The most interesting part of last week’s roster moves (and this weekend’s) was that two very successful NHL teams were willing to dramatically reinvent themselves, even though the previous season’s versions of the teams were successful.
Both the Philadelphia Flyers and San Jose Sharks, two teams that, had some things gone just a little bit differently, could have played each other for the Stanley Cup, made big moves via trade and free agency, sacrificing rosters that were proven to be effective to take each team in a new direction.
In essence, Philadelphia GM Paul Holmgren and San Jose GM Doug Wilson each said that winning doesn’t mean anything if it doesn’t result in a Cup. So each GM reworked their winning-yet-Cupless teams.
The moves represent a change in philosophy for the Flyers. Coach Peter Laviolette will have a lot less speed to work with. Instead, the Flyers are probably going to be a full-time grind-it-out kind of team, not unlike the Cup-winning Bruins. The Flyers will be able to defend in their own end, and control the puck in the offensive zone.
And that’s where Jagr comes in. Jagr hasn’t had much speed in quite a few seasons, but the Flyers are still banking on his shot. With Jagr in the lineup, the team just needs to regularly get him the puck down near the circles, and Jagr will, the Flyers hope, be able to score.
If the new Flyers were an NBA team, they’d now be considered a half court team. They should be challenging to play, but without a lot going on in the neutral zone.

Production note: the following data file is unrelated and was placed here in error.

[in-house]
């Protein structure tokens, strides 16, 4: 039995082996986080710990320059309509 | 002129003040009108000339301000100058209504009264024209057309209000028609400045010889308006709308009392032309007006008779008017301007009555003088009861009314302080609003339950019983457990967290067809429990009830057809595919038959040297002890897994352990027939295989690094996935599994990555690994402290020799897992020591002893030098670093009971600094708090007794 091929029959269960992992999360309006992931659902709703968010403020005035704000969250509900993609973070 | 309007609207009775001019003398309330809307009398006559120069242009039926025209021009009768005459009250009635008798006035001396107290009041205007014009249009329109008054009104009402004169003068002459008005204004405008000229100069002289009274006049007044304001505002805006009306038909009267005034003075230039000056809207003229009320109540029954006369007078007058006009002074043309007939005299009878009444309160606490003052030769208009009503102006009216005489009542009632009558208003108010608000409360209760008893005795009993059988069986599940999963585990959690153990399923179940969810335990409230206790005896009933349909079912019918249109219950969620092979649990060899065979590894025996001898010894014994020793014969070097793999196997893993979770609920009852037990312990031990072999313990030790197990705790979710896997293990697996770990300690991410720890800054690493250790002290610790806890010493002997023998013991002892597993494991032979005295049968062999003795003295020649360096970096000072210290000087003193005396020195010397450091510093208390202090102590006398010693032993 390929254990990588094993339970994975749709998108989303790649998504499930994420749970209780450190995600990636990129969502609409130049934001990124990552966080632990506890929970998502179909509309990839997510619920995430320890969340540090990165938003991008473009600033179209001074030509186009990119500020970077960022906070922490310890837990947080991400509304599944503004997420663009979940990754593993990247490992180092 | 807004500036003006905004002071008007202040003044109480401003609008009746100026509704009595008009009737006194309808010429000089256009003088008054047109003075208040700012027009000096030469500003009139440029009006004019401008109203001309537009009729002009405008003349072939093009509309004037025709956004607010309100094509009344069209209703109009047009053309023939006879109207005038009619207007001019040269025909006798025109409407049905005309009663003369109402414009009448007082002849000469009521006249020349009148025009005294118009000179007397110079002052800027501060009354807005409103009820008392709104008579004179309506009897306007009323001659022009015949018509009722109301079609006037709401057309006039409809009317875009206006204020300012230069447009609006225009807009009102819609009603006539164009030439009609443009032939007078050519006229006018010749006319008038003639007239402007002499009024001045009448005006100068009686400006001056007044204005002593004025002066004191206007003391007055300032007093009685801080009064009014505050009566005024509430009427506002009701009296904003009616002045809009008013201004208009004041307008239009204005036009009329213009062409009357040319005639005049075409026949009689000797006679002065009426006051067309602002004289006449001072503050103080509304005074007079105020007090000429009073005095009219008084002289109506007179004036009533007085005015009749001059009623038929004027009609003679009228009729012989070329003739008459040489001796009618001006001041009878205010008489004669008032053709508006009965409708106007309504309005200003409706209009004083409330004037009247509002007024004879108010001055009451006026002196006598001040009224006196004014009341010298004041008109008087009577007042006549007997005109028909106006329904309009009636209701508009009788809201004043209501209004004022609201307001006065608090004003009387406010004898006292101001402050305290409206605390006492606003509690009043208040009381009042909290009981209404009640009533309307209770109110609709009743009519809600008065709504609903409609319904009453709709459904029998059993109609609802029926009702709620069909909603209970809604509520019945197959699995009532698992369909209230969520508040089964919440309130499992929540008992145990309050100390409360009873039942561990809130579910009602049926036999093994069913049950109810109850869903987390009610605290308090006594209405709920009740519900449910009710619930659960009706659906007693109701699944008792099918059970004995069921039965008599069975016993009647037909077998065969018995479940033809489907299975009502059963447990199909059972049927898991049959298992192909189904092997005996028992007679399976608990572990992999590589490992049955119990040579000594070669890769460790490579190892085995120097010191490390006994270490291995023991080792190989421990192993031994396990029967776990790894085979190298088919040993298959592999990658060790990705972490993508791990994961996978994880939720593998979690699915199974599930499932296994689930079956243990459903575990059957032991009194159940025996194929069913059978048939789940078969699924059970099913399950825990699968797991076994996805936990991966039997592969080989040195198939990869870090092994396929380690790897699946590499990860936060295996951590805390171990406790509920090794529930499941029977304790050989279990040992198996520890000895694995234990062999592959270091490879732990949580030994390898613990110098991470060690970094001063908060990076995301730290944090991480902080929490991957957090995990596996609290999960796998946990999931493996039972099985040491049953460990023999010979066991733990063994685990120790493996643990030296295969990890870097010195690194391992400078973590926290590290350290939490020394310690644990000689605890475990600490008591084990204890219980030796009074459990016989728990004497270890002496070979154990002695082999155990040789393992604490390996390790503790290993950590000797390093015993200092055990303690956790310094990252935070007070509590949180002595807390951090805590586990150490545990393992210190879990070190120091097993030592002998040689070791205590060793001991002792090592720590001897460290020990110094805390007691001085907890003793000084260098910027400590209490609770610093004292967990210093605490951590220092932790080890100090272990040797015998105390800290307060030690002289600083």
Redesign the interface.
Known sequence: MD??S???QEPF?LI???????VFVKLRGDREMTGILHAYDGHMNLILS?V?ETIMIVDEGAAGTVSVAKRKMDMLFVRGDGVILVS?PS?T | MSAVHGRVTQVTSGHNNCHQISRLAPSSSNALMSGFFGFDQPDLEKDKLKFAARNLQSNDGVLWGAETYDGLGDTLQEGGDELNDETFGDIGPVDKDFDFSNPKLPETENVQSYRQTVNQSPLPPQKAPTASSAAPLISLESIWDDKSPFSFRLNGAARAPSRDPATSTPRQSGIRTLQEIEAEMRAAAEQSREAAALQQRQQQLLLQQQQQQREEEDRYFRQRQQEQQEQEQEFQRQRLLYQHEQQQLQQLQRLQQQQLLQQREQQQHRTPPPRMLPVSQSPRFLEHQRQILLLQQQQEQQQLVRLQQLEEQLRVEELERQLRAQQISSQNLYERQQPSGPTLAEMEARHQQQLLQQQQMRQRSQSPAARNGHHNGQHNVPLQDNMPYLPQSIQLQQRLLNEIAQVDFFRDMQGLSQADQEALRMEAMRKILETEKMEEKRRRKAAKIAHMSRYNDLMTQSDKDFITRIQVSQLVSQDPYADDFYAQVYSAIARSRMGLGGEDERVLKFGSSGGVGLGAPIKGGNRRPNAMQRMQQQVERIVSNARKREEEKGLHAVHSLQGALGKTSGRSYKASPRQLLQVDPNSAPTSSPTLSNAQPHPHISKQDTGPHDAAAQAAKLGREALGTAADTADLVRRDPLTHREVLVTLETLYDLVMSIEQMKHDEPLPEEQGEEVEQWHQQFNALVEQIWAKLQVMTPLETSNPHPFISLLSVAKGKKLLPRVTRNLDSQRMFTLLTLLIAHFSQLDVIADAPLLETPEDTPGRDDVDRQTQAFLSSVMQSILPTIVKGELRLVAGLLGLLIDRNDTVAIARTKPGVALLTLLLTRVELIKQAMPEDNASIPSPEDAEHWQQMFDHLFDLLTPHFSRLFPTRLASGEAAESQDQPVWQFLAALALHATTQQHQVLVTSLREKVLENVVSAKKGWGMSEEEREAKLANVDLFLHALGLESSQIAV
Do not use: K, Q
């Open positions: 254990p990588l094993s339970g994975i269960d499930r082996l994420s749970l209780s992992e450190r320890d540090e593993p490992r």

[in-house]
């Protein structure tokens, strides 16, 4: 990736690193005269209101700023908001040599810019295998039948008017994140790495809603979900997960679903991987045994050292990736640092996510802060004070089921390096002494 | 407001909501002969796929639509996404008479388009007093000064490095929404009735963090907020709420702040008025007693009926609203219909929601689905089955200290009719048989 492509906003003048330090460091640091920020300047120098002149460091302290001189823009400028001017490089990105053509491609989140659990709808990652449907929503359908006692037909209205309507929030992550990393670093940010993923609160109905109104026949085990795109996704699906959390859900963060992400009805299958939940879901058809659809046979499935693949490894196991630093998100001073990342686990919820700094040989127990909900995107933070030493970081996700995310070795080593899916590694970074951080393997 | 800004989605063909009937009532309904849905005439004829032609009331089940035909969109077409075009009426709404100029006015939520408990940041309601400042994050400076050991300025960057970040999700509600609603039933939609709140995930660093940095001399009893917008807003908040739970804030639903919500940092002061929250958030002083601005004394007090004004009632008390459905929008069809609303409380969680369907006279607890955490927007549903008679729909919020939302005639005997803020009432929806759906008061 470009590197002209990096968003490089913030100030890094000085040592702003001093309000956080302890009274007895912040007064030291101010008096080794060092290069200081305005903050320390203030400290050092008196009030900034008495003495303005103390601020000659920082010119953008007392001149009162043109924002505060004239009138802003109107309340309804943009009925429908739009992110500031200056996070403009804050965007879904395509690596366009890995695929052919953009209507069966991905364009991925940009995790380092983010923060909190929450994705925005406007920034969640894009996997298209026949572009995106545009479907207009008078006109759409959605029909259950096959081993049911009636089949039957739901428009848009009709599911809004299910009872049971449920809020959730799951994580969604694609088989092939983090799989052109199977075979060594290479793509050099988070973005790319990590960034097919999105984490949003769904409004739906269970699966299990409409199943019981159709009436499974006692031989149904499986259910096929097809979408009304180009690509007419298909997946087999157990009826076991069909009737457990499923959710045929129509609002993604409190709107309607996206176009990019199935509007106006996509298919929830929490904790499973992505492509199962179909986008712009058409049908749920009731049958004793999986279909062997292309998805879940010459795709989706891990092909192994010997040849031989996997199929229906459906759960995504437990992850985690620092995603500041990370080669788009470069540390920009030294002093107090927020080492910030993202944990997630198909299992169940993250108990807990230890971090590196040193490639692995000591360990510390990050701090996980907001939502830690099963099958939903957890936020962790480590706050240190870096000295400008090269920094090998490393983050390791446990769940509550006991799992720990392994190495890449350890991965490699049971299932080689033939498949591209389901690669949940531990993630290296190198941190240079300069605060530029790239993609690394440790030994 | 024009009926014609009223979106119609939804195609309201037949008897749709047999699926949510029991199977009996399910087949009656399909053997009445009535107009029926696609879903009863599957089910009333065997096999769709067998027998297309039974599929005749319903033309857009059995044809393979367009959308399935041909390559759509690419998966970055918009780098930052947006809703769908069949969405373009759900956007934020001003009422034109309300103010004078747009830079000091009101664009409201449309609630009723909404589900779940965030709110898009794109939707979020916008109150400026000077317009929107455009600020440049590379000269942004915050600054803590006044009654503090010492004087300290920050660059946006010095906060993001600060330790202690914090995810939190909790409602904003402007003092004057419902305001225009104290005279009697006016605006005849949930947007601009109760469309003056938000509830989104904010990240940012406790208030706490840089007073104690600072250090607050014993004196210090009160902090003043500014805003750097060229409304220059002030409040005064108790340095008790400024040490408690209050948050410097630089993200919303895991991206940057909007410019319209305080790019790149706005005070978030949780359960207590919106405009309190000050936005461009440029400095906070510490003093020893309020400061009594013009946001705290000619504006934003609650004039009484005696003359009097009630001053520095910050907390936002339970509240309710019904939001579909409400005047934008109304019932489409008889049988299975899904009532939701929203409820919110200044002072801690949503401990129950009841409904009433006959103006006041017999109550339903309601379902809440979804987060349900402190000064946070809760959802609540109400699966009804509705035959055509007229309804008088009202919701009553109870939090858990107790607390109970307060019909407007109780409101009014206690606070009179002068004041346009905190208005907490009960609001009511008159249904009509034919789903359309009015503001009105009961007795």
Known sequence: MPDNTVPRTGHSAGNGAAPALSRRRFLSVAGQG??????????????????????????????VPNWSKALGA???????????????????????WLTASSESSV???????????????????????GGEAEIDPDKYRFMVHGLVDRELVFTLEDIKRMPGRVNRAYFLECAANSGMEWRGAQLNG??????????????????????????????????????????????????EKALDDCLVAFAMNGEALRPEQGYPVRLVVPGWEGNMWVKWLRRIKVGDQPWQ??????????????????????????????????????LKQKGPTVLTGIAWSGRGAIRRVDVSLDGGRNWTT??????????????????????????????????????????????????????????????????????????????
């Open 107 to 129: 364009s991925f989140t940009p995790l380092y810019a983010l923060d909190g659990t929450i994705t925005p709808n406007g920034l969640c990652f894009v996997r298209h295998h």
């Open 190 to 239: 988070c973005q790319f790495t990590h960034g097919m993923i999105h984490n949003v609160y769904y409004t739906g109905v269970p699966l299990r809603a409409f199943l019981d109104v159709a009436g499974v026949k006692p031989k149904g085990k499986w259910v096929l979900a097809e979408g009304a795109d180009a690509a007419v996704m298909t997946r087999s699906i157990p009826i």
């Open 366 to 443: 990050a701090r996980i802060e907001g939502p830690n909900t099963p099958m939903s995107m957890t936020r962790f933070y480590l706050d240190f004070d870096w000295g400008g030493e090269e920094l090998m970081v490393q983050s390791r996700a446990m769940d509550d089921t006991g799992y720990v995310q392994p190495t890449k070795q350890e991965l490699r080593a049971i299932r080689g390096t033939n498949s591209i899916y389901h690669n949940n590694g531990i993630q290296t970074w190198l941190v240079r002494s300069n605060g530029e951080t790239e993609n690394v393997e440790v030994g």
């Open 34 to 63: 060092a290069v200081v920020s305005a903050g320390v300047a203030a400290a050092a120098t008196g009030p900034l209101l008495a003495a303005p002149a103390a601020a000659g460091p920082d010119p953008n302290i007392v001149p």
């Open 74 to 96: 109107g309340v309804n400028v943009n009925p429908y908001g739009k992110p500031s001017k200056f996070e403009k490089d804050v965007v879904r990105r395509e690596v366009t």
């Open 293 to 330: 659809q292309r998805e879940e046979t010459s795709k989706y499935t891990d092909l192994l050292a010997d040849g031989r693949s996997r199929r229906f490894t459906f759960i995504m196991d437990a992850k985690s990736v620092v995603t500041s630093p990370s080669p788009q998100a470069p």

The Sharks also are going through a reinvention, trading away both Dany Heatley and Devin Setoguchi, two of last season’s top five San Jose goal-scorers.
In trading away Heatley, the Sharks got back the inconsistent Martin Havlat for Heatley, with the Sharks getting a reclamation project and a little bit of extra cap space.
In trading away Setoguchi, the Sharks got defenseman Brent Burns, a well-rounded defenseman that gives the Sharks more blue-line offense, conceivably making the Sharks a little harder to defend.
While the Sharks say they don’t plan to regularly pair Burns with offensive defenseman Dan Boyle, imagine the offensive possibilities when they are on the ice together. It’ll be like five forwards on the ice, without the defensive vulnerability (or at least less vulnerability).
The Sharks had previously put much of the team’s fate in the hands of its forwards, but since that still hasn’t resulted in a Cup, Wilson is trying another approach.
Both Wilson and Holmgren have violated the cardinal rule of sports: if it’s not broken, don’t fix it. Sports thrives on maintaining the status quo, since risk can very quickly be followed by failure and very few owners have the patience to let management learn and improve from failure.
It’s refreshing to see GMs trying to do more. Just about every NHL coach and player has probably said, at one time or another, something along the lines of a season not meaning anything unless it results in a Cup.
It’s nice to see some GMs starting to practice that ideal also.